Ryan Giggs would be Man Utd boss now had he retired – Alex Ferguson

Ryan Giggs Caretaker Manager for a few months, Alex Ferguson says he could have had the job earlier.

Ryan Giggs Caretaker Manager for a few months, Alex Ferguson says he could have had the job earlier.

Sir Alex Ferguson says Ryan Giggs would have been his successor at Manchester United had he retired earlier, while also insisting that appointing David Moyes was not a mistake.

Giggs was 39 when Ferguson retired in 2013, but he still played on under Moyes and later took over as caretaker manager after the former Everton boss was sacked in April 2014.

The Welshman hung up his boots at the end of that season and took up a backroom role under new manager Louis van Gaal.
But speaking in a BBC documentary set to be shown on Sunday, Ferguson said he would have liked a few years to groom Giggs himself.

“If Ryan Giggs had retired six or seven years ago — say he’d retired at 35, quite likely I’d have made him my assistant, and quite likely he could have moved right into the job, with the experience of being assistant manager to me, as he is helping Louis van Gaal at the moment,” Ferguson said.

“But I would never ask a player to quit.”
The comments came as a surprise to Giggs, who when told in the progamme said: “He said that?”

Moyes left Everton to take charge at Old Trafford following Ferguson’s retirement but lasted just 10 months before being sacked.

Ferguson, who recommended Moyes, recently suggested the former Everton boss had not been first choice but defended the process by which he was appointed.

Now he has gone further by saying Moyes was definitely the right choice at the time the decision was made.

“I don’t think we made a mistake at all,” Ferguson said. “I think we chose a good football man — [he] did a great job at Everton, had 11 years there. We picked the right man. Unfortunately it didn’t work for David.”

Ferguson touched on a number of other subjects in a documentary which examines the methods behind his phenomenally successful career and coincides with the release of his new book, “Leading.”

Ferguson felt Liverpool scored an own goal when they arrived at the 1996 FA Cup final, which they lost 1-0 to United, wearing cream suits.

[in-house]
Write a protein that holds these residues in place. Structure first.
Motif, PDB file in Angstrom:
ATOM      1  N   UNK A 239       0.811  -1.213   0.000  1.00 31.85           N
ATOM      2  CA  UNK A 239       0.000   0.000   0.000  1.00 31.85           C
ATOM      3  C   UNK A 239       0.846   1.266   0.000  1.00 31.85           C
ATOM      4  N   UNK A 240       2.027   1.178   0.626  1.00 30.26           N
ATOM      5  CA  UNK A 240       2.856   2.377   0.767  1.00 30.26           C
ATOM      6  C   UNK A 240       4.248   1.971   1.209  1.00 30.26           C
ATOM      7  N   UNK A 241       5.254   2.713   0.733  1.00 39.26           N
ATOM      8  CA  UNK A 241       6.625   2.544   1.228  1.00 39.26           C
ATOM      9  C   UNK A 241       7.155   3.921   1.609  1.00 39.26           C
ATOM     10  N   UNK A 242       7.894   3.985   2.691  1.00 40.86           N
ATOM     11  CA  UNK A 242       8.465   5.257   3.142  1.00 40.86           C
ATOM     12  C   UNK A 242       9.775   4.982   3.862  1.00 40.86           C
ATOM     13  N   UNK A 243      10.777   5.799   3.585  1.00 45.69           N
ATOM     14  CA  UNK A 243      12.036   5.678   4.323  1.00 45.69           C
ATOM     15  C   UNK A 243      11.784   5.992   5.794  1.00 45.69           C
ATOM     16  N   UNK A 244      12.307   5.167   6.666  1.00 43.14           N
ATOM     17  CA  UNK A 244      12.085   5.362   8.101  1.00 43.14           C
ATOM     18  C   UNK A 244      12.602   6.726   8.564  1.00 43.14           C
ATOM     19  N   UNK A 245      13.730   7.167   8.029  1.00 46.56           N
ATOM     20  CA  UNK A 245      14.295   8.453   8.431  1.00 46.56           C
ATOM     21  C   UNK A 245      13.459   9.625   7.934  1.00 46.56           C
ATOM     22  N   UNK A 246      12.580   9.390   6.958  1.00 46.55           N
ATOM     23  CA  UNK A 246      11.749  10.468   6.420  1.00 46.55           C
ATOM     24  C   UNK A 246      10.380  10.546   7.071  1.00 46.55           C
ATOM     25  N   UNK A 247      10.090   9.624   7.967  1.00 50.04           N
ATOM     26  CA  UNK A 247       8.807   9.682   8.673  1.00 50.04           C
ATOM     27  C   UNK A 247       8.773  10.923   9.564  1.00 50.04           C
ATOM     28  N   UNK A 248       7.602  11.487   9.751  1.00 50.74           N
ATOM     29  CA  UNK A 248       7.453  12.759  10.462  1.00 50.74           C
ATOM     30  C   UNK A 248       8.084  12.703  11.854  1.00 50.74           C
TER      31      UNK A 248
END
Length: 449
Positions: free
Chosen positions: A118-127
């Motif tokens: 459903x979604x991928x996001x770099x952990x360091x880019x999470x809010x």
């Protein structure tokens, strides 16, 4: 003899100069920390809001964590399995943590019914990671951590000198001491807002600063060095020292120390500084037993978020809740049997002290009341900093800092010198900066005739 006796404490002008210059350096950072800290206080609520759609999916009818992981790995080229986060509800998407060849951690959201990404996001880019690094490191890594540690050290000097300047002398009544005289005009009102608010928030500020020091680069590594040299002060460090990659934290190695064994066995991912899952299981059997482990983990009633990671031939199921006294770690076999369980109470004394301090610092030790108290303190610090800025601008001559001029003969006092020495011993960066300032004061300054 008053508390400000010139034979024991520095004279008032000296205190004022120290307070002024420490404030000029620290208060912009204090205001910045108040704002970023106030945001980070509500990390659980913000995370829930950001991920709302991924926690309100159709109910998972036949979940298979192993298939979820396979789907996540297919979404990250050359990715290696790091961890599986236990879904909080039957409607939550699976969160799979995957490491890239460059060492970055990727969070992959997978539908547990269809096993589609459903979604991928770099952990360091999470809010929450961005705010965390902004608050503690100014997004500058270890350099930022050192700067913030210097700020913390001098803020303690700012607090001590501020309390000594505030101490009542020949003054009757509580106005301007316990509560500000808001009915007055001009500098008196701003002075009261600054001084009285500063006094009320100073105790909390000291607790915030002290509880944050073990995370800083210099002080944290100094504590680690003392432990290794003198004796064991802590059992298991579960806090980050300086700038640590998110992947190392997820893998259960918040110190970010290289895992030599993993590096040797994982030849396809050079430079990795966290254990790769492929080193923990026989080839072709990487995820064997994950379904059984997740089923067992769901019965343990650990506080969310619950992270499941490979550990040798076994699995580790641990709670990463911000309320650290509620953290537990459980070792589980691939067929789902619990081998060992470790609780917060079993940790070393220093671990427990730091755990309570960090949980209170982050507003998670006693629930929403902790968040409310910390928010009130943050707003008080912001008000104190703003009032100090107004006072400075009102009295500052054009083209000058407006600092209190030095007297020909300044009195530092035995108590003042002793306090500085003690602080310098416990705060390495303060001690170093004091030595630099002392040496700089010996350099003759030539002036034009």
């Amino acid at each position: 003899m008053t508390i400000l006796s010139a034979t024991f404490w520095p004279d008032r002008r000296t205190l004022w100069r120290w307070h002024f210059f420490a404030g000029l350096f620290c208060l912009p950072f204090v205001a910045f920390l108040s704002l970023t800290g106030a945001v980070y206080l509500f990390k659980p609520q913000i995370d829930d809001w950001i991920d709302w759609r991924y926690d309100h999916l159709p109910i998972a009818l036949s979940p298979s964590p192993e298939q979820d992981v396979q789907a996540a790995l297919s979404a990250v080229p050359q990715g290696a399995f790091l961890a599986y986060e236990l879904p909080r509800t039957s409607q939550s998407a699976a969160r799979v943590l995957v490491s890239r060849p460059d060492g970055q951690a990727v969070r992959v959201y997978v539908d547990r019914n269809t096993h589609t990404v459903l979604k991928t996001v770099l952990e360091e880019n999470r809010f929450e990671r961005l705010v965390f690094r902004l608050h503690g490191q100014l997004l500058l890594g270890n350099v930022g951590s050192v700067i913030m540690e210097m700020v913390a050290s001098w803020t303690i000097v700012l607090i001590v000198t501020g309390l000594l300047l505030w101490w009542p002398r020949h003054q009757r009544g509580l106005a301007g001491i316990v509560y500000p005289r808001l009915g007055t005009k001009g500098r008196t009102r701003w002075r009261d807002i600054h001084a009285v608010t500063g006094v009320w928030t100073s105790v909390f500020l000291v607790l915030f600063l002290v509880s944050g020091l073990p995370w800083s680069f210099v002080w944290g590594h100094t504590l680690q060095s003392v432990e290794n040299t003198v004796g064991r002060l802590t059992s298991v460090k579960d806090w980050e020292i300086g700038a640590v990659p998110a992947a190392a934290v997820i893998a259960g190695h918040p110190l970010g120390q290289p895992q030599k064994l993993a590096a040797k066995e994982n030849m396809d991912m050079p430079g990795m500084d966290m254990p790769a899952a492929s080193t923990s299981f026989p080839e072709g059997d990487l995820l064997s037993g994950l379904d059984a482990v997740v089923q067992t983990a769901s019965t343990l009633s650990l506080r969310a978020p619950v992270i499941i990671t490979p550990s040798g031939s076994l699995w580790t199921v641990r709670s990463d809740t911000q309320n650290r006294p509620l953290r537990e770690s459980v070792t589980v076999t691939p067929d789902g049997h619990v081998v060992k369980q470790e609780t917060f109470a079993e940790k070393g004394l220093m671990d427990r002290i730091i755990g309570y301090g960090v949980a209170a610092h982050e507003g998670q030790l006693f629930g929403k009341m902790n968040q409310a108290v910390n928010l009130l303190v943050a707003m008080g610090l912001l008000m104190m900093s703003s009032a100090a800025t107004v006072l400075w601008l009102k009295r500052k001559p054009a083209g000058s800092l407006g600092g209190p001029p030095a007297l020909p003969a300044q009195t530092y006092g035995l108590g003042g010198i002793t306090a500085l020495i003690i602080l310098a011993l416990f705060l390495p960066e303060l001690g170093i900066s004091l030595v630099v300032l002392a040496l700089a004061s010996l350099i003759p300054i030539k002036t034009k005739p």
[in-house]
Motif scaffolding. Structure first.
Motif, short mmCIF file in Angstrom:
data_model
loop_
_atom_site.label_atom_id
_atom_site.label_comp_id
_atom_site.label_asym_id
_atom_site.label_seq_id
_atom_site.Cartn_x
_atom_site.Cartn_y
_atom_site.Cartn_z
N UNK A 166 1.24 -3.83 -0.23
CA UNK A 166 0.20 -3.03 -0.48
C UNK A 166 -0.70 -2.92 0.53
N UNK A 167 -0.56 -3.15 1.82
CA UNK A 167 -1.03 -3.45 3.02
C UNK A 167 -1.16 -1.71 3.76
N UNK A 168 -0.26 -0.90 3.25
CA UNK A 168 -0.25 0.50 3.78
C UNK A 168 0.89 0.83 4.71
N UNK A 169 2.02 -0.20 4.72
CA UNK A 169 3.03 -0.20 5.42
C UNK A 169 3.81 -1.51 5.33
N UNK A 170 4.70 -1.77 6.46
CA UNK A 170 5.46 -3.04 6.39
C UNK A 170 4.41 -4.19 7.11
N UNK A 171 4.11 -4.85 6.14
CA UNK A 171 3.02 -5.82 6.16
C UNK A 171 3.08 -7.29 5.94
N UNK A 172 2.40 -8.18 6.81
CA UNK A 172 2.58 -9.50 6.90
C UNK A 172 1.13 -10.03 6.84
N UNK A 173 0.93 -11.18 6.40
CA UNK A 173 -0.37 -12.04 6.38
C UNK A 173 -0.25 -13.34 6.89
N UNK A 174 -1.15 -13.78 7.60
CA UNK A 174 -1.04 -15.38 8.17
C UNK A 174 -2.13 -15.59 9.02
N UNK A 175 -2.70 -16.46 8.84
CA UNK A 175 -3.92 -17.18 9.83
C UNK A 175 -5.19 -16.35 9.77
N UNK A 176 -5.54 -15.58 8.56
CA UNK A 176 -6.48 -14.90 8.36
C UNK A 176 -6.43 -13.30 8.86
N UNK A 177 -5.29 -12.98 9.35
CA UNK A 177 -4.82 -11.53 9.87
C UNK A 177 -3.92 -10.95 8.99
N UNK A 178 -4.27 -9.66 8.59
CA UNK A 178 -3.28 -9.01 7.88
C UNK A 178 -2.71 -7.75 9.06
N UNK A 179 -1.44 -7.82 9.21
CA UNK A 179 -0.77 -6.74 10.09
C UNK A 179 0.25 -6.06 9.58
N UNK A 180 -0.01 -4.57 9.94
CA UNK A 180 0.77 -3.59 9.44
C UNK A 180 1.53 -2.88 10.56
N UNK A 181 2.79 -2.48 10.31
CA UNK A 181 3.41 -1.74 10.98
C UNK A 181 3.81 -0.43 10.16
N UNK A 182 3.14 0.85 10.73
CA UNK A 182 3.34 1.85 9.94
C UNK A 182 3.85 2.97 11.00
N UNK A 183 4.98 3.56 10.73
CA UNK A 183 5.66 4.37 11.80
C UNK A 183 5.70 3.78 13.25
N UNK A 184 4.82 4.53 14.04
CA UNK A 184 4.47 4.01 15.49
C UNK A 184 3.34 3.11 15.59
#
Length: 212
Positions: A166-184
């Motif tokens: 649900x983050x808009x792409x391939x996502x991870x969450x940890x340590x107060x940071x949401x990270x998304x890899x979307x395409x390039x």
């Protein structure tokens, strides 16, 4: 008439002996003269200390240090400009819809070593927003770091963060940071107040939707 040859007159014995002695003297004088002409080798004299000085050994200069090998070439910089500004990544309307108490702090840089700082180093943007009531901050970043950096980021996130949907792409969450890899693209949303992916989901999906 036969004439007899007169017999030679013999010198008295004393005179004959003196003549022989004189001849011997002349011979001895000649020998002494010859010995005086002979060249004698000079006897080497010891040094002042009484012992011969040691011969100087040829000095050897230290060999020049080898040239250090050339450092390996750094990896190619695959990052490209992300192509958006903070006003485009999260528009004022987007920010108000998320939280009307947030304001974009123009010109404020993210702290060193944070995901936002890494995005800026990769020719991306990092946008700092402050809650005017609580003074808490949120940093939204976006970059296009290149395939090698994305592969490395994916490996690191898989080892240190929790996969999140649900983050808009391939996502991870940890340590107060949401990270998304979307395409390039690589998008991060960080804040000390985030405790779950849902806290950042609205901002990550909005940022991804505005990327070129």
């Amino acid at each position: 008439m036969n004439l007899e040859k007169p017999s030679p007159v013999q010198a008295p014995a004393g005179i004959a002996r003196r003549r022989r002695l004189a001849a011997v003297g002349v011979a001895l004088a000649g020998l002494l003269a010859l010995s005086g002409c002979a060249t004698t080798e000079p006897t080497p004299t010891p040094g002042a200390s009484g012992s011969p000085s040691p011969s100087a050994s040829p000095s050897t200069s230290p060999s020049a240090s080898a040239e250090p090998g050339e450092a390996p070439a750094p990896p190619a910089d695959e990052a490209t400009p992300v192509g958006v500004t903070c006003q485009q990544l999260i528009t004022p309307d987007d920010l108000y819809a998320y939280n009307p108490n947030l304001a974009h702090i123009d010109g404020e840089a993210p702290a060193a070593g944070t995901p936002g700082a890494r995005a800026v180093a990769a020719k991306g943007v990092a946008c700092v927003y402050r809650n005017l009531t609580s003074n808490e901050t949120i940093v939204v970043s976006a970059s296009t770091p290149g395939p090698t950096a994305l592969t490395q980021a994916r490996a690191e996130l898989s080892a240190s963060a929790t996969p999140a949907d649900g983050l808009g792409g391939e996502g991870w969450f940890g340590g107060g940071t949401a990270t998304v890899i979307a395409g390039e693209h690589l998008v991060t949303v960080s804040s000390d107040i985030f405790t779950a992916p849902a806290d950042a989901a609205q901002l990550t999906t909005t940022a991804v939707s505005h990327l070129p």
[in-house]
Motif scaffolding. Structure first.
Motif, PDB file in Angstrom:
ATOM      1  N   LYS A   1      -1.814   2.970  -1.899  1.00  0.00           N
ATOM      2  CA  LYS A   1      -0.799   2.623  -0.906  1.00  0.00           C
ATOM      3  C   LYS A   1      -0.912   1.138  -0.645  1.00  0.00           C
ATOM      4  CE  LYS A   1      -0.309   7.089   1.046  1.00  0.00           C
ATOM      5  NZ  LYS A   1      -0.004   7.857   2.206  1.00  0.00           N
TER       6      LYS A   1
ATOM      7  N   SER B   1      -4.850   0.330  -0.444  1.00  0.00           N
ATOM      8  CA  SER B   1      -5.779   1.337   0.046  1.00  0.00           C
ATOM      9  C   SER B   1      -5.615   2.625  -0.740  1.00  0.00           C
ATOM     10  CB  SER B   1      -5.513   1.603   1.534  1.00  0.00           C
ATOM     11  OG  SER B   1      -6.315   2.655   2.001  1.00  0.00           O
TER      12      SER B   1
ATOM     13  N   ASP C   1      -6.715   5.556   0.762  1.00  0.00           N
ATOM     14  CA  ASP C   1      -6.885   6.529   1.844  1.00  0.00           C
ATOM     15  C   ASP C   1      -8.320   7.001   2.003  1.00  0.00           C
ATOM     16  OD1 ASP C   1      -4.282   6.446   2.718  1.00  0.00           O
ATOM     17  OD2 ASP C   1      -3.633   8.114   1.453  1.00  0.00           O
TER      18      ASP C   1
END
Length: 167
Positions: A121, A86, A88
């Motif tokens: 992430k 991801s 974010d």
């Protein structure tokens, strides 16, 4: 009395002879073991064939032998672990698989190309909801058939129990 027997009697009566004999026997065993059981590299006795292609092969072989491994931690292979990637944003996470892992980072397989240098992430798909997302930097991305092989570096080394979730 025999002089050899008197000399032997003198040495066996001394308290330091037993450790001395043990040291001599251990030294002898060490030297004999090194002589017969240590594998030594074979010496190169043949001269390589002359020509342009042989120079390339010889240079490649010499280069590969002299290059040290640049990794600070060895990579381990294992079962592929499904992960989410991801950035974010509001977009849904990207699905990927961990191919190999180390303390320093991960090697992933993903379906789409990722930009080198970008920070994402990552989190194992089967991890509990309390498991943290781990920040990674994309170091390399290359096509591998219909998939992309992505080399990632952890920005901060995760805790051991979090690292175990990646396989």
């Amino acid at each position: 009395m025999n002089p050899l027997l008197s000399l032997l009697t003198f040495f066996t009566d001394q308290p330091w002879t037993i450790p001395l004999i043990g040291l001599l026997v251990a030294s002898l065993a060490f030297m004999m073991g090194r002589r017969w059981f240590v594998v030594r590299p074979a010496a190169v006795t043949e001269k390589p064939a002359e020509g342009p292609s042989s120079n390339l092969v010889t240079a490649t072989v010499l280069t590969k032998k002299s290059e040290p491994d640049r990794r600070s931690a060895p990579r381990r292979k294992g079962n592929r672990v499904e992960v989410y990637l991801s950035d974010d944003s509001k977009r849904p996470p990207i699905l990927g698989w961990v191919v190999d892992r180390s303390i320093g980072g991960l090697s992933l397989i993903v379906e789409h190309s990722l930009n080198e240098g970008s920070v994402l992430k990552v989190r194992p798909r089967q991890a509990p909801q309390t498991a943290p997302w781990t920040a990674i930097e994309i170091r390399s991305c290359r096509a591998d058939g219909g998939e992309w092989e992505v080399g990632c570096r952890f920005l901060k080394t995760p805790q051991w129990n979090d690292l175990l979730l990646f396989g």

The 73-year-old said: “Why did they do that? I said to [assistant] Brian Kidd, ‘1-0!’

“I think that’s — what would you call it? — arrogance or over-confidence? I don’t know. It was absolutely ridiculous. Blue shirt, red-and-white tie and a white suit, and a blue flower. Who designed that? They said it was Armani. I bet his sales went down!”

Ferguson’s success, which brought him 13 Premier League titles and two Champions League wins while at United, has also led to his expertise in man-management, motivational tactics and team-building being sought by others outside the game.

The programme says Ferguson was asked by former Prime Minister Tony Blair how to deal with “a particularly difficult member of his own team.”

Ferguson said: “I said to him, ‘You have to keep control.’ I didn’t know who he was talking about at the time. ‘You can’t lose it. You’re the Prime Minister, you have to have control.’”

Ferguson was then asked if he thought Blair might have been referring to Gordon Brown.

He said: “I didn’t know actually. I don’t think anyone knew until later on there was some sort of feeling between the two.”

Blair was himself interviewed for the programme and said: “We weren’t actually talking about an individual but a hypothetical case. But his attitude was, ‘It doesn’t matter if he is your best player, if he is difficult, put him out of the room.’”

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